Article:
On Monday, June 3 and Tuesday, June 4, former President Bill Clinton will host the fourth meeting of the Clinton Global Initiative Action Network on Post-Disaster Recovery, at the University of the Virgin Islands’ St. Thomas campus.
The meeting will convene leaders from government, business and civil society, continuing the dialogue on building a stronger, more resilient Caribbean in the face of climate change and extreme weather events.
At the meeting, participants will announce a series of new Clinton Global Initiative “Commitments to Action” which are specific and measurable projects that address critical issues such as health care, economic development, housing, clean energy, education, disaster preparedness and response, and climate resiliency to assist with immediate needs as well as long-term recovery in the region.
CGI’s role in these is more as a facilitator and provider of expertise rather than direct funding, Lisena DeSantis, director of the Clinton Global Initiative Commitment and Member Services, said during a phone news conference Wednesday with several Clinton Global Initiative partners.
The action network brings together people from across the private, government and nonprofit sectors.
“Ideally, we are bringing new people into the conversation and creating unlikely partnerships,” DeSantis said.
CGI brings them together to share notes, discuss best practices and plan.
“We do have a lot of very small, very specific local organizations who get an opportunity to connect with large corporate entities, governments and nonprofit organizations,” she said.
But CGI asks its partners to make specific action proposals.
“They are developed by members, with a detailed plan, a written document we ask these members for and work with them to produce,” she said.
CGI does not partner in the projects themselves.
“Once the commitment is made it is up to those who have made that commitment to make sure it is executed and report back, DeSantis said.
CGI tries to ensure the project or action plan really is viable and encourages other groups to step up with funding and other assistance.
Projects can be small or large, she said, but they ask that the commitments be new, with specific, measurable goals to be accountable and viable, she said.
So far, 57 action plans have been made, through four formal meetings involving more than 200 partners, and they expect more to be announced at next week’s forum, DeSantis said.
Greg Guannel of UVI’s Caribbean Green Technology Center talked about one of those action plans.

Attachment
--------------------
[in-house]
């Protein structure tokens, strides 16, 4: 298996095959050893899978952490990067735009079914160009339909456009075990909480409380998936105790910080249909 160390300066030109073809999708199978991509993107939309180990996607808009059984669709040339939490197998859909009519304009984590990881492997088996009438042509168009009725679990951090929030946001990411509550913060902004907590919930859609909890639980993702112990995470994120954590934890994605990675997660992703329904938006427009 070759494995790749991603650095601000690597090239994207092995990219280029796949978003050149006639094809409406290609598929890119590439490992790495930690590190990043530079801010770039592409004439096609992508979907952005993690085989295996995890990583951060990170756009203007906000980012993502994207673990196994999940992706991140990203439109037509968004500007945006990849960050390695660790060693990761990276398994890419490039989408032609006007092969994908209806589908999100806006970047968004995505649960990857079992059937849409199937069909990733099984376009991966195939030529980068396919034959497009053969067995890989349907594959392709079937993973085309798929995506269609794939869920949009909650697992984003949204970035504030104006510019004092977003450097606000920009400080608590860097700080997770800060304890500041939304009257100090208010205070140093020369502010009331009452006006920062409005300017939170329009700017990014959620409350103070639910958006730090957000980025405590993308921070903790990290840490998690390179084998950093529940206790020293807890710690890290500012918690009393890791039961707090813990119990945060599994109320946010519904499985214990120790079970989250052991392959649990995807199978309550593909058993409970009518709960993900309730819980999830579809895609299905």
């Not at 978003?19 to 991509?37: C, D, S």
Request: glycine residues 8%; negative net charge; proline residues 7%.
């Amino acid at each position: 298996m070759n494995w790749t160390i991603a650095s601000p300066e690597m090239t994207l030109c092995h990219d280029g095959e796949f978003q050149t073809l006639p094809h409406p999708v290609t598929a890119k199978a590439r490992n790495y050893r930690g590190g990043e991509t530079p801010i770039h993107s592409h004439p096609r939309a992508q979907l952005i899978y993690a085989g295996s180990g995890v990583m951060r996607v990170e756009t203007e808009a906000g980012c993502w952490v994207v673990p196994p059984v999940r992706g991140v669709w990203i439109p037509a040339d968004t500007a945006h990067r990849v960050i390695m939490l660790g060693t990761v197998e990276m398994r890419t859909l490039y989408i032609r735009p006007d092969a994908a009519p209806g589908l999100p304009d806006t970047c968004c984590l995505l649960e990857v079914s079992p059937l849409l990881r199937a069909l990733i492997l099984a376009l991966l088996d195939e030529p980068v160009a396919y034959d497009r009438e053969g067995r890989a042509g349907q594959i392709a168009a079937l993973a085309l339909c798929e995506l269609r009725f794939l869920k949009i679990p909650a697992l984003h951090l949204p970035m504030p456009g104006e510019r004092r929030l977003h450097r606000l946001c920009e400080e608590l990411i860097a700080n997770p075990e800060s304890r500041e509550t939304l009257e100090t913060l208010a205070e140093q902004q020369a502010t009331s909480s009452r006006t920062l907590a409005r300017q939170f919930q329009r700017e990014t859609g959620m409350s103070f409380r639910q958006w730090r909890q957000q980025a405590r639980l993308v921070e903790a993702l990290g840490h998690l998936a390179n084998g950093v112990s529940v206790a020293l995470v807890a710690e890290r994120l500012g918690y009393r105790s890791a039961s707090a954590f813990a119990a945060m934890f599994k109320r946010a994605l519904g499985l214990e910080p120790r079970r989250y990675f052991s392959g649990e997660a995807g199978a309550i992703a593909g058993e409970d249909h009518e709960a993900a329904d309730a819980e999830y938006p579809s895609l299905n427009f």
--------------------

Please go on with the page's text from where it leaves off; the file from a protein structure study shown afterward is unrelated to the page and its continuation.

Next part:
“With CGI we are building a zero-energy house,” Guannel said. The project house will be a 12-foot by 12-food structure with solar power and a wind turbine, to use as an educational model for students and as an outreach venue for the public, he said.
UVI will incorporate more material on renewable energy systems into its curriculum, he said, with an aim of “a more educated workforce coming out of UVI when it comes to renewable energy systems … so they can help the territory become more independent and resilient when it comes to energy,” Guannel said.
Meaghan Enright, executive director of Love City Strong, talked about that group’s efforts right after the 2017 storms, saying they helped evacuate some 1,200 residents between the two hurricanes and did an island-wide assessment of housing afterwards, which led to mold remediation work and a water testing program.
“We were able to hire 50 locals for the assessment” and local hiring has been a major value of the organization, she said.
St. John has special challenges as the smallest and furthest-removed island, Enright said.
“We had a significant delay in the arrival of response personnel and materials,” she said. As a result, pre-placement of food, water and specialty items before the next storm is a critical component of preparation for St. John, Enright continued.
Donor fatigue is a concern too. Enright said when she visited St. Croix last week “one of the common concerns of nonprofits was there is a very small pool of very generous donors” and they want to bring in new donors.
She said Love City is working with Bloomberg LP to identify bottlenecks in the next disaster and with the V.I. Territorial Emergency Management Agency.
“The goal is always to act in support of preexisting efforts, not duplicate efforts, and make sure the resources are going as far as possible in the community,” Enright said.
Housing is a big concern on St. John in particular, because many homes were damaged, there is limited space to build and building costs are high. And disaster response personnel are renting homes, helping out but also putting pressure on the rental market, putting the most vulnerable in a difficult position, she said.
“It is a very different playbook in the Caribbean than most responders are used to in the United States” she said.
Randi Weingarten, chief executive officer of the American Federation of Teachers, raised concern over the state of Virgin Islands’ school buildings and the slow pace of planning to rebuild.
“There are only 11 public schools on St. Croix and 11 on St. Thomas,” he said, saying the absence of a plan after more than a year “is outrageous.”
“This was easily sizable to be dealt with over the last year,” Weingarten said.
“There are beautiful schools where the mold has not been cleaned yet,” he said, recalling a gym filled with books that are covered with mold.
Weingarten said the sewer and water systems on St. Croix are “only marginally functional.”
David Schmid of Bloomberg LP said they are really excited to work with UVI, Love City Strong and other V.I. entities to help out.
“We have been engaged with the USVI since just after the storms,” Schmid said. “Our involvement began with initial efforts to bring in supplies and equipment and expanded from there.”
They hope to work on longer term strategies to foster long-term resilience, he said.